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Andrew Lynch: O'Dea r

If you live by the sword, you die by the sword. Willie O'Dea made his reputation as a tough political street-fighter, always quick with a cruel joke whenever an opponent got into trouble. His Mighty Mouse image served him well for a long time, but it left him with nowhere to turn when his big mouth finally went too far.

Cabinet resignations don't happen very often in Irish politics (the last one was Ray Burke, as far back as 1997). So it's hardly surprising that the high drama of the last 24 hours has left everyone in Leinster House feeling a little shell-shocked.

Fianna Fail are devastated by the loss of one of their doughtiest performers, Fine Gael are jubilant at the vindication of their decision to make the running on the issue and the Greens have finally woken up to what they can achieve when they put their minds to it.

As a man who devoted virtually every waking moment to politics (he's even been known to canvass on Christmas Day), Willie O'Dea will be a seriously unhappy man today. Brian Cowen, however, won't be far behind. The Taoiseach has just lost one of his best friends in the cabinet, a regular drinking buddy who would have been in line for a big promotion (possibly to Mary Coughlan's job).

The situation has eerie parallels with the sacking of Brian Lenihan senior during the 1990 presidential election, when the PDs forced Charlie Haughey to sack his defence minister and old pal in order to avoid a general election.

As a young backbencher at the time, Cowen was disgusted by what he saw as Haughey's cowardice and famously remarked of the PDs: "If in doubt, leave them out." Now he realises that when a junior coalition partner is holding a gun to your head, painful personal sacrifices have to be made.

So is there anything at all the Taoiseach can do to salvage something from this debacle? Simple -- take the opportunity to carry out the cabinet reshuffle he's been muttering about for so long and make it far more radical than anyone expects.

Just as you should never change a winning team, you should always change a losing one -- and a ministerial facelift would give the government its best chance of moving on from Williegate as quickly as possible.

To do this, Cowen first needs to clear out the deadwood. Martin Cullen, Eamon O Cuiv and Noel Dempsey are clearly past their sell-by dates, while Mary Harney should be politely thanked for her five years in the Department of Health but told that it's just not working out any more.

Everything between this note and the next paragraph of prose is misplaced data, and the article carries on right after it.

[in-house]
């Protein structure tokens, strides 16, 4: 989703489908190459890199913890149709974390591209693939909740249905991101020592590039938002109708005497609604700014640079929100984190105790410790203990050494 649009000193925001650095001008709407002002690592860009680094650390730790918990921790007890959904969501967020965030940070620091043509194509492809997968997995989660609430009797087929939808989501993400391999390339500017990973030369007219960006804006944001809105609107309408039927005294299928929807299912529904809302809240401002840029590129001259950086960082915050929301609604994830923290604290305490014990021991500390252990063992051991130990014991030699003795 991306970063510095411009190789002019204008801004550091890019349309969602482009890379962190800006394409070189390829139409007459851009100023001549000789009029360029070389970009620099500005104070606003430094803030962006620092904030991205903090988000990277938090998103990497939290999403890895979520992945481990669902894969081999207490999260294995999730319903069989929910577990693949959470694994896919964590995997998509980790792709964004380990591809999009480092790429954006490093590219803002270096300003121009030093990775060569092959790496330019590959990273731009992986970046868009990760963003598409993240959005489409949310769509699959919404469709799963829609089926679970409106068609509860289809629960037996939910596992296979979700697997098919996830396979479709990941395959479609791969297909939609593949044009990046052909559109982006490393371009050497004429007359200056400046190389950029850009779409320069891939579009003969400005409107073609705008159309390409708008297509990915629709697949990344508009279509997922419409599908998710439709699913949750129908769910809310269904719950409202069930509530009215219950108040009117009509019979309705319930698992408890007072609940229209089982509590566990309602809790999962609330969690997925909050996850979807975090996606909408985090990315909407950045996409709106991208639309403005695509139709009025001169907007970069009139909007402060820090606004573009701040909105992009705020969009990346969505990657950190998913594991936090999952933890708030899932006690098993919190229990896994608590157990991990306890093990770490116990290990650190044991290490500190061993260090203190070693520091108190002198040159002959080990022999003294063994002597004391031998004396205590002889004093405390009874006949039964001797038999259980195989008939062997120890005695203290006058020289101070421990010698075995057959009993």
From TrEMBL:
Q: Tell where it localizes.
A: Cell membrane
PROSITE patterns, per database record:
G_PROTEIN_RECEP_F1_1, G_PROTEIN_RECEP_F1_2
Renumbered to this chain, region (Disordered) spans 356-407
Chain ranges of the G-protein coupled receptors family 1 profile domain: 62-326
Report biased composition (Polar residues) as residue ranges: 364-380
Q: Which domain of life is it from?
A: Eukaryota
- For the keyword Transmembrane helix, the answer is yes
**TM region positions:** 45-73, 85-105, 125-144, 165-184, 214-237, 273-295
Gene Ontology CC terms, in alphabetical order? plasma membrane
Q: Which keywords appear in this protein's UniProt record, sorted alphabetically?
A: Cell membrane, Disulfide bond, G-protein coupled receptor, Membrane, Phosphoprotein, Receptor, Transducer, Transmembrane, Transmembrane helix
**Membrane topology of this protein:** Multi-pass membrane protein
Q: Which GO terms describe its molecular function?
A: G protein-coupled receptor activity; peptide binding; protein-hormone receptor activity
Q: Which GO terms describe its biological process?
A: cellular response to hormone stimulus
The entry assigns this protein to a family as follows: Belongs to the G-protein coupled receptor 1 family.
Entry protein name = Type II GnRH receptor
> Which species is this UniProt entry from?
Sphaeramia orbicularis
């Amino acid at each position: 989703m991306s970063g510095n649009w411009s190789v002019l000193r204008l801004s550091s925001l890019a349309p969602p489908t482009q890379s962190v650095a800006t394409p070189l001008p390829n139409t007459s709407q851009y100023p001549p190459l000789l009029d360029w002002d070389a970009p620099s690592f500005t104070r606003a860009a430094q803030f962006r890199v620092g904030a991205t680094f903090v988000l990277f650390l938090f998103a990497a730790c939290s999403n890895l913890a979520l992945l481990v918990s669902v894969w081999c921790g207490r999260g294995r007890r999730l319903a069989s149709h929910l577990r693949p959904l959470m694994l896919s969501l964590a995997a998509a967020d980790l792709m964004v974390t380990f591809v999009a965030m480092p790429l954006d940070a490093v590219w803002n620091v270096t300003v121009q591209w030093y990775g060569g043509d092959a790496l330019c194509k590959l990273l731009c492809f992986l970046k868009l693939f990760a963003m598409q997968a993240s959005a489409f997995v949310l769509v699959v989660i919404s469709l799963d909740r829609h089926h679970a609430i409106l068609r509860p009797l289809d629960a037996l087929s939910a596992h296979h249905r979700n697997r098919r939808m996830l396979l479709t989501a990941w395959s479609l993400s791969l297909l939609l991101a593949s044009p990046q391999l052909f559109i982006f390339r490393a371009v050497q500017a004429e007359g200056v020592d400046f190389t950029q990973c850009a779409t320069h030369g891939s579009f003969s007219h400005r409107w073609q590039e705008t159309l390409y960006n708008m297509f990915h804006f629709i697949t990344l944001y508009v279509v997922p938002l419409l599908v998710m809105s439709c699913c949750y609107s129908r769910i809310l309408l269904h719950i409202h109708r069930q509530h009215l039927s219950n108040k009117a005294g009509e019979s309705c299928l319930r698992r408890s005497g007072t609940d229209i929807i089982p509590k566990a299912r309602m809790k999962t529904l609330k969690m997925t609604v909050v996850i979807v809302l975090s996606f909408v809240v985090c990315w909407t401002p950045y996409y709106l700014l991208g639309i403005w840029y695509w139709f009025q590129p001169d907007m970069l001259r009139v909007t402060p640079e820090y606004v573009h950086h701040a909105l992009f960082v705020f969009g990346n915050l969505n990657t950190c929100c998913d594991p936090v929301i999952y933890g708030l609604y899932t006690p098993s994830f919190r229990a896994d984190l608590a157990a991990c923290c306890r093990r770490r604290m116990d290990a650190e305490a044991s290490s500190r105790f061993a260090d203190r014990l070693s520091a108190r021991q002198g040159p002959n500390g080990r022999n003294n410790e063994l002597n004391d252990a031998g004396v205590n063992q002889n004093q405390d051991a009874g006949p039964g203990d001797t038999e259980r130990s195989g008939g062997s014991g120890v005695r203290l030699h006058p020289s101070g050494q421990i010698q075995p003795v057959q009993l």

That would create five vacancies, leaving plenty of room for talented junior ministers and backbenchers to be given their first break -- and, most importantly, it would give the Taoiseach's internal enemies something else to talk about.

Of course, a mass reshuffle would be a risk that goes against every conservative instinct in Cowen's body (which is one reason why the odds are it won't happen). The question he should be asking himself, however, is what exactly has he got to lose? He should also remember that he himself was promoted straight into the cabinet from the backbenches at the tender age of 32, a huge gamble by Albert Reynolds that was ultimately vindicated.

Whoever ends up sitting around the new cabinet table, the atmosphere will be very different. The more diehard FF ministers will not easily forgive John Gormley for pushing their man off the edge, even though the reality is that he would have had to jump anyway.

The Greens, meanwhile, have finally copped on to the fact that securing regular victories over FF is the key to their long-term survival.

The political year got off to a quiet start. Thanks to George Lee, Deirdre de Burca and Willie O'Dea, events since then have more than made up for it. The mood in Government Buildings is now more jittery than ever -- and unless Brian Cowen gets a grip this weekend, the next resignation could be the most dramatic of all.


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